Like this case presentation, traumatic injuries to the diaphragm may not immediately manifest symptoms or signs [5]. In some cases, the presence of other severe injuries may lead to a delayed evaluation for diaphragmatic injury [5]. Over time, the diaphragmatic defect caused by trauma tends to increase in size, and there is a greater risk of herniation of abdominal organs, particularly on the left side which was the case in the patient with greater size of lesion and more abdominal organs being herniated [5]. In a small study on delayed diagnosis of traumatic diaphragm rupture, 3 out of 16 patients (19%) had their injuries missed during initial laparotomy [7]. Most of these injuries (15 out of 16) were found on the left side, while this was the case in this patient the diagnosis was done in time and delayed diagnosis-type complications were prevented [7]. The American Association for the Surgery of Trauma (AAST) has developed a diaphragmatic injury severity scale that classifies these injuries based on their severity [5].

Unlike some other organ injuries where higher injury grades correlate with increased morbidity and mortality, this relationship has not been established for diaphragmatic injuries [5]. The diaphragmatic injury severity scale includes five grades: grade I-contusion, grade II-laceration ≤2cm, grade III-laceration 2 to 10cm, grade IV: laceration >10cm; tissue loss ≤25cm2, grade V-laceration and tissue loss >25cm2 [5]. Based on the available data, the patient in this case was found to have a grade III injury severity (7.36-8cm), which was not associated with mortality and had a low morbidity rate. These findings can be helpful for future research to determine the correlation between injury grade and these important clinical measures.

In patients like this one, additional evaluation may be necessary beyond initial imaging studies during trauma evaluation based on the mechanism of injury and physical exam findings [5]. If there are trauma mechanisms that apply large amounts of force to the anterior abdomen and the auscultation of bowel sounds or nasogastric suction over the left thorax, then traumatic diaphragmatic injury should be immediately considered as a potential injury impacting the patient [5]. Although Computed Tomography (CT) is often used to rule out life-threatening injuries (e.g., traumatic aortic rupture) during the trauma evaluation, it may coincidentally lead to the diagnosis of diaphragmatic injury. However, even with advanced imaging techniques, small tears may not be visible. There are several signs on CT imaging that can help establish the diagnosis of traumatic diaphragmatic rupture. These include the discontinuous diaphragm sign, diaphragm thickening, organ herniation sign, dependent viscera sign, dangling diaphragm sign, collar sign, hump sign, band sign and contiguous injury on both sides of the diaphragm [8].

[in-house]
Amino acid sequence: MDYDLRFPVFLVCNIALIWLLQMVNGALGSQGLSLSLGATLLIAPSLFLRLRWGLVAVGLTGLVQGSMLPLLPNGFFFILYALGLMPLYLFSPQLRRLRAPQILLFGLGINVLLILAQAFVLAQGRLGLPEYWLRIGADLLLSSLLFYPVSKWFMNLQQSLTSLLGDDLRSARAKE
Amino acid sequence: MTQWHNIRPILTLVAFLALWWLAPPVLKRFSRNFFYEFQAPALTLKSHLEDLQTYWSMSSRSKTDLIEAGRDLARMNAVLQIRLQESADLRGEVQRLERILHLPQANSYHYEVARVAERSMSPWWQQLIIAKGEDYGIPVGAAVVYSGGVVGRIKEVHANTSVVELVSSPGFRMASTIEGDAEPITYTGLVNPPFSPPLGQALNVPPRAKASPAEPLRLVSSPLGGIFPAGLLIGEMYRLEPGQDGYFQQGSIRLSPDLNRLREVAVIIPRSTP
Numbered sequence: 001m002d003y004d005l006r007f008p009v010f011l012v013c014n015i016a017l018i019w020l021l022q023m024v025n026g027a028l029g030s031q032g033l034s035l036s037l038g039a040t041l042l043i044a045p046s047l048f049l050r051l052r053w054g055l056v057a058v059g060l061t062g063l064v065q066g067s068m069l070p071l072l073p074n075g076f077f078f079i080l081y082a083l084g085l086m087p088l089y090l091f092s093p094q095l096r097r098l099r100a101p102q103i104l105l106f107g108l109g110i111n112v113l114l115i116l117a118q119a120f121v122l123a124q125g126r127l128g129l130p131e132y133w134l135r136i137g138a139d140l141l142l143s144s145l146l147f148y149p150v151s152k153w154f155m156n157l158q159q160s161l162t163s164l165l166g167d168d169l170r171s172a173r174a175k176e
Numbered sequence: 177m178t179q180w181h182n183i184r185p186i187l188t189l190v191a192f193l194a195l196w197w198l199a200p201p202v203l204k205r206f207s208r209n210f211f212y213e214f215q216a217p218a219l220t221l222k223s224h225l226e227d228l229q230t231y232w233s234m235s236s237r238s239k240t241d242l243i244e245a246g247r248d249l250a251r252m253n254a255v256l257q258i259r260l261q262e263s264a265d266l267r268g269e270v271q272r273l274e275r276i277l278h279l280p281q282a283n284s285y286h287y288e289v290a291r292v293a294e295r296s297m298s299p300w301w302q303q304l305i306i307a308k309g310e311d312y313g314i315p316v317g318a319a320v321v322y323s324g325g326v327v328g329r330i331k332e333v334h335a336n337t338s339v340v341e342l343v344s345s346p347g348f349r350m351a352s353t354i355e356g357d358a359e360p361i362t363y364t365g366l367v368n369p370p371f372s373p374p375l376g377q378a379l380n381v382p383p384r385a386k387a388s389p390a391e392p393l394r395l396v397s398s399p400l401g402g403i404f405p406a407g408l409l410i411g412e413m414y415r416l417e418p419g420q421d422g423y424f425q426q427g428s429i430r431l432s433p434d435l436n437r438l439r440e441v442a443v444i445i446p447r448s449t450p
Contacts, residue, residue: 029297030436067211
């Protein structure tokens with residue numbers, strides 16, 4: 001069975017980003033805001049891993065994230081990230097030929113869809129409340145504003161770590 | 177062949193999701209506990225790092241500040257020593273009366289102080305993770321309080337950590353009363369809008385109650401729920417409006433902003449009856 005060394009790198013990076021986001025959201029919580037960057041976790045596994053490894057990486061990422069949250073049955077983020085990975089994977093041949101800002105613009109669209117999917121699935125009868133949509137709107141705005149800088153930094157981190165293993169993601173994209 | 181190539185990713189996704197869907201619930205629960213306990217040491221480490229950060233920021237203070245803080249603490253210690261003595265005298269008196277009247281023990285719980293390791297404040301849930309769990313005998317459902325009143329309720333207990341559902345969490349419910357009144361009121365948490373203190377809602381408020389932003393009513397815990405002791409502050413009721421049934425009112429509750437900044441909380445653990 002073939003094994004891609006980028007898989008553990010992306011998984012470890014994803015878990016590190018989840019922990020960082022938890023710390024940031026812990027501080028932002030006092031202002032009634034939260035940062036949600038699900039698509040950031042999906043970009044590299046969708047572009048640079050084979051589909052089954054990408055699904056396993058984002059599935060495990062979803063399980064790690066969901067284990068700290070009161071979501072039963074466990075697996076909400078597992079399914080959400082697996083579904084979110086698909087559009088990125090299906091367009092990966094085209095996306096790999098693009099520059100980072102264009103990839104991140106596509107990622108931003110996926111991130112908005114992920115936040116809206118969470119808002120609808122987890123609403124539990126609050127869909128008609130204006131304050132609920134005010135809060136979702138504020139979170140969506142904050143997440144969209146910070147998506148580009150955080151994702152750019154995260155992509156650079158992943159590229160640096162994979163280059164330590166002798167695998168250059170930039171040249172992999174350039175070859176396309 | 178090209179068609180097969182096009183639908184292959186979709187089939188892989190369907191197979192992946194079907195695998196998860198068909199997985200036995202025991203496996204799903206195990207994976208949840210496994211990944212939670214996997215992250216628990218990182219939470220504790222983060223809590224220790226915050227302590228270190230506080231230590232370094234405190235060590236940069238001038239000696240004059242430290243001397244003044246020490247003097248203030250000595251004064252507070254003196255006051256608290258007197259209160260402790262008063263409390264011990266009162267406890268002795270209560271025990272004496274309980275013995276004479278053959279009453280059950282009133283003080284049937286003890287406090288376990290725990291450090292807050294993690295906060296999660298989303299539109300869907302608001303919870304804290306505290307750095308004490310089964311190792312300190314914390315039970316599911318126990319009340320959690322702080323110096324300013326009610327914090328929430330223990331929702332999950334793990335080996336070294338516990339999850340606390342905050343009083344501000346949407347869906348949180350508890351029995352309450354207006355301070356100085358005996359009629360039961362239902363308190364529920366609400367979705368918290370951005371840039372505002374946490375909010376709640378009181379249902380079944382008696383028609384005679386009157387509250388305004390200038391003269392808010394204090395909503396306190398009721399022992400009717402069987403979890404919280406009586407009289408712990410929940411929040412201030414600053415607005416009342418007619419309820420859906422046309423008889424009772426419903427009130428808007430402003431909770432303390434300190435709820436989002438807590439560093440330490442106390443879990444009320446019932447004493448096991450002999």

These signs can be helpful in establishing the diagnosis of traumatic diaphragmatic rupture and prompt early management which was the case for the organ herniation sign in this patient. According to Mallory Williams et al. [5] repair is typically required for all left-sided diaphragmatic injuries and some rightsided injuries when recognized [5]. Acute injuries are commonly repaired through an abdominal approach, similar to the method used for this patient. The amount of force required to cause blunt diaphragmatic injury is substantial, and while diaphragmatic injury can occur in isolation, it is frequently accompanied by other injuries that may necessitate repair [5]. In this patient’s case, we only detected diaphragmatic rupture with herniation of abdominal organs through a CT scan. However, the laparotomy was also conducted to detect any other trauma-related damage and conduct a management plan, apart from reducing and closing the PTDH. To manage patients with traumatic diaphragmatic rupture, an upper midline incision can be performed initially and extended, if necessary, for those who are hemodynamically stable and have undergone imaging that demonstrates only this injury and no fluid in the abdomen [5].